Snowboarding is taking the slopes by storm. With more and more converts in this winter sport, there are now more boarders than skiers, with increased enrollees for snowboarding in various schools around the world.
This exciting sport can be enjoyed by everyone, with varying skill levels and expertise. So you’re not sure what skill level you are? Read on and find out from this guide.
1. The Newbie:
The newbie is someone who has never boarded before, and is still orienting oneself with the basics. Checking out and learning about the snowboard equipment, discovering how to strap in the board and other basic techniques on how to fall, turn and hop on terrain, get around the slopes, and most importantly, how to stop. Beginners are in the process of learning how to turn on heel edges and toe, but are still trying to gain full control of their board.
2. The Intermediate:
In the intermediate level, boarders are usually trying to focus on their balance, working on this most fundamental skill. The advancing beginner masters straight runs, riding, hopping and turning with balance. Boarders at this level can now gain a bit more confidence as they can take a bit more control of their turns and runs. With their increased riding experience, these snowboarders can already link heel and toe turns during their powder runs, as well as link turns consistently.
3. The Advanced:
The advanced level for boarders mean mastery of carved and skidded turns, with confidence in rail riding and trying out terrain park areas. Advanced level snowboarders can now whip out those air 180s and 360s, without any problem. Freestyle tricks come out at this level, after learning the dynamics of coordination, balance and ride switches.
4. The Expert:
If you’re an expert snowboarder, you know your way around the mountain and can handle any terrain or conditions. You’re comfortable riding in powder, carving turns, and hitting jumps and rails. You’ve got your tricks down and can ride switch with ease. If you’re looking to take your riding to the next level, consider joining a freeride or backcountry group, or entering some competitions.
So at which skill level are you?
1. How do I know what level of snowboarder I am?
There are a few key factors that will help you determine your level as a snowboarder. First, consider how often you ride. If you’re just getting started, you’ll be classified as a beginner. Even if you’ve been riding for years, but don’t get out on the slopes very often, you’ll still likely be considered a beginner.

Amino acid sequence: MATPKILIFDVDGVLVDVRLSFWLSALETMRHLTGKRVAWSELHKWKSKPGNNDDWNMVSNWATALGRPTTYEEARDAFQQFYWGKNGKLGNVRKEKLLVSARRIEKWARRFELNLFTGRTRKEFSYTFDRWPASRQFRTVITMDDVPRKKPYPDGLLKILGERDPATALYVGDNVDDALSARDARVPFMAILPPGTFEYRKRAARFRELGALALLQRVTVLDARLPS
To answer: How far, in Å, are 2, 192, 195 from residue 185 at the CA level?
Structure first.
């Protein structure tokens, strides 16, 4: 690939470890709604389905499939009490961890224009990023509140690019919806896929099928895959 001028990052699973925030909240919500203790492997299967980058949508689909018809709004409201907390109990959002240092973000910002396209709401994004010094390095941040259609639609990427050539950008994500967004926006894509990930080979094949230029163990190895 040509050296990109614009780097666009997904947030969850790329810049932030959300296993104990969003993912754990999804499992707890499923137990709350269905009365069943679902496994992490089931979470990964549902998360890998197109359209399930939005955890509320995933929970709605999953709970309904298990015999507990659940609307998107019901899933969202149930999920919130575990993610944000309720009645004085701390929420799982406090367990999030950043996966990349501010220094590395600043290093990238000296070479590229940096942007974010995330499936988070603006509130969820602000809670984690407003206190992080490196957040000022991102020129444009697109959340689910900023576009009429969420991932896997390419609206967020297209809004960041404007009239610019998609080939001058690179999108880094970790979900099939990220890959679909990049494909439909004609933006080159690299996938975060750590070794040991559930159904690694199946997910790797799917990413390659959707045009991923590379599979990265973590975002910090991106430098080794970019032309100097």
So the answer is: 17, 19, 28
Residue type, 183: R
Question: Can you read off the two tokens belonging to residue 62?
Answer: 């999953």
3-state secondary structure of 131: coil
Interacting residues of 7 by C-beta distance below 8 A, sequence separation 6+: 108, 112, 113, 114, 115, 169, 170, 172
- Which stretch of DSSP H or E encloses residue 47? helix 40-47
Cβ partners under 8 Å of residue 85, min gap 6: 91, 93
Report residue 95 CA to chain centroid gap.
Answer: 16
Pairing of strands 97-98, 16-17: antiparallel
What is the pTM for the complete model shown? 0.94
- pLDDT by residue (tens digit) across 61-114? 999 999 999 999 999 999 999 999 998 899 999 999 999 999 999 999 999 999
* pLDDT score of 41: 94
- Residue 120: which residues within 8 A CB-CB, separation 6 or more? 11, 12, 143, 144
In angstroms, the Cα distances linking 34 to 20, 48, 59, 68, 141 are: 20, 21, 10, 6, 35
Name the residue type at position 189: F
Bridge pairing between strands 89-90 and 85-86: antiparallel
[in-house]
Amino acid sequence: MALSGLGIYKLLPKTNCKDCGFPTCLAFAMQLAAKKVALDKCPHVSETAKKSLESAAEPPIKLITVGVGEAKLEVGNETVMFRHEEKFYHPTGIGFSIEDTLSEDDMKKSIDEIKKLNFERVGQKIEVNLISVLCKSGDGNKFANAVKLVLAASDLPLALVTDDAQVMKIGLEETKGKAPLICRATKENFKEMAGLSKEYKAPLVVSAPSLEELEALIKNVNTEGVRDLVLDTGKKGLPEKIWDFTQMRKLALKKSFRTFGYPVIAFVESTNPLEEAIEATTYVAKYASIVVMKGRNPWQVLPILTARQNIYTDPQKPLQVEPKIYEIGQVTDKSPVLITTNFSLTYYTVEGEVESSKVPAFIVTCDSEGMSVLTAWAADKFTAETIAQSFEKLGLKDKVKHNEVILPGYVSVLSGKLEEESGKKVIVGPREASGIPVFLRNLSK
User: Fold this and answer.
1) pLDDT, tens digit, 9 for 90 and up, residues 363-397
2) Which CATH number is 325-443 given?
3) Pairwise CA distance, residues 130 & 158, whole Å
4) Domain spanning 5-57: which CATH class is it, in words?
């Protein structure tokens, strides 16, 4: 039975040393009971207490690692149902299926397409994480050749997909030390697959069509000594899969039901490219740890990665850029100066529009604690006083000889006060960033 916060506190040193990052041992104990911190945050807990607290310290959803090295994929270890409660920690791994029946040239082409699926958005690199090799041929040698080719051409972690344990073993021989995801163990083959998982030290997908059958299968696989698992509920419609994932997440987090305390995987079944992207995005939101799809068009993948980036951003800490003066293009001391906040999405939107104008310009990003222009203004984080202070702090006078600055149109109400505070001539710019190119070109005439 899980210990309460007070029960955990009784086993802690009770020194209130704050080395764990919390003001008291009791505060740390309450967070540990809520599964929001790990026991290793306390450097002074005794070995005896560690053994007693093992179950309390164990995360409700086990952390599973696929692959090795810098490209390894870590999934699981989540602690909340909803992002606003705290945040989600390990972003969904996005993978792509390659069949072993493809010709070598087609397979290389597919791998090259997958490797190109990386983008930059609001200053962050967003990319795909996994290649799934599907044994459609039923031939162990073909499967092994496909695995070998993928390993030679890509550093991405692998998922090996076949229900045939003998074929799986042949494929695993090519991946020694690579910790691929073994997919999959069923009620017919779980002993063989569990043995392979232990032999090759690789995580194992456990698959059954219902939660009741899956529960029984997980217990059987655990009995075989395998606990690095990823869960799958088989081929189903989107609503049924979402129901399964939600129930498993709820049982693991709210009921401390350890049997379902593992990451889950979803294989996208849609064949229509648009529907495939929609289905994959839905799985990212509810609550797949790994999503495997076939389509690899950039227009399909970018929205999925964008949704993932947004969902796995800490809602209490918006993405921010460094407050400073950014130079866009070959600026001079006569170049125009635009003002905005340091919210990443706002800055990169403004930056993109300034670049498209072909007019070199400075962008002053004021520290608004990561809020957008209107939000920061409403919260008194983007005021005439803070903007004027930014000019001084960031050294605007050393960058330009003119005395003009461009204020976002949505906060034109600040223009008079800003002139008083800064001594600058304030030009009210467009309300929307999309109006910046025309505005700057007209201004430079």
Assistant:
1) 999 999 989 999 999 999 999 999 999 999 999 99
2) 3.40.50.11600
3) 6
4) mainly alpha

Another important factor is your ability to link turns. Beginners typically cannot link their turns smoothly and often fall when trying to make linked turns. If you can consistently make linked turns while maintaining control over your speed and direction, you’ll be classified as an intermediate snowboarder.
2. How do I know if I’m an intermediate snowboarder?
If you’re wondering whether you’re an intermediate snowboarder, there are a few things to consider. First, have you been snowboarding for at least a season? If so, you’re likely an intermediate. Second, can you comfortably ride on most terrain and handle small jumps? If so, you’re probably an intermediate. Finally, do you feel confident in your abilities and comfortable trying new things? If so, congratulations – you’re an intermediate snowboarder!
3. Can a beginner ride an advanced snowboard?
It is possible for a beginner to ride an advanced snowboard, but it may be more difficult than riding a beginner snowboard. An advanced snowboard is designed for experienced riders who are comfortable with more difficult terrain and tricks. If you are a beginner, you may find it difficult to keep up with experienced riders on an advanced snowboard.
4. How to determine the right skill level for you?
1) Take a lesson from a professional. This is the best way to get an accurate assessment of your abilities. The pro will be able to give you feedback and help you improve.
2) Talk to friends who also snowboard. Get their opinion on your skills and compare yourself to them.
3) Watch others snowboard. This can give you a good idea of where you stand in comparison to other riders.
4) Be honest with yourself. If you’re not sure, it’s probably best to start at a lower skill level and work your way up. There’s no shame in admitting that you’re a beginner – we all have to start somewhere
Determining your snowboarding skill level is important for choosing the right equipment and terrain. By following the tips in this article, you will be able to figure out where you fit on the spectrum from beginner to expert. Whether you are just starting out or have been hitting the slopes for years, always remember to stay safe and have fun!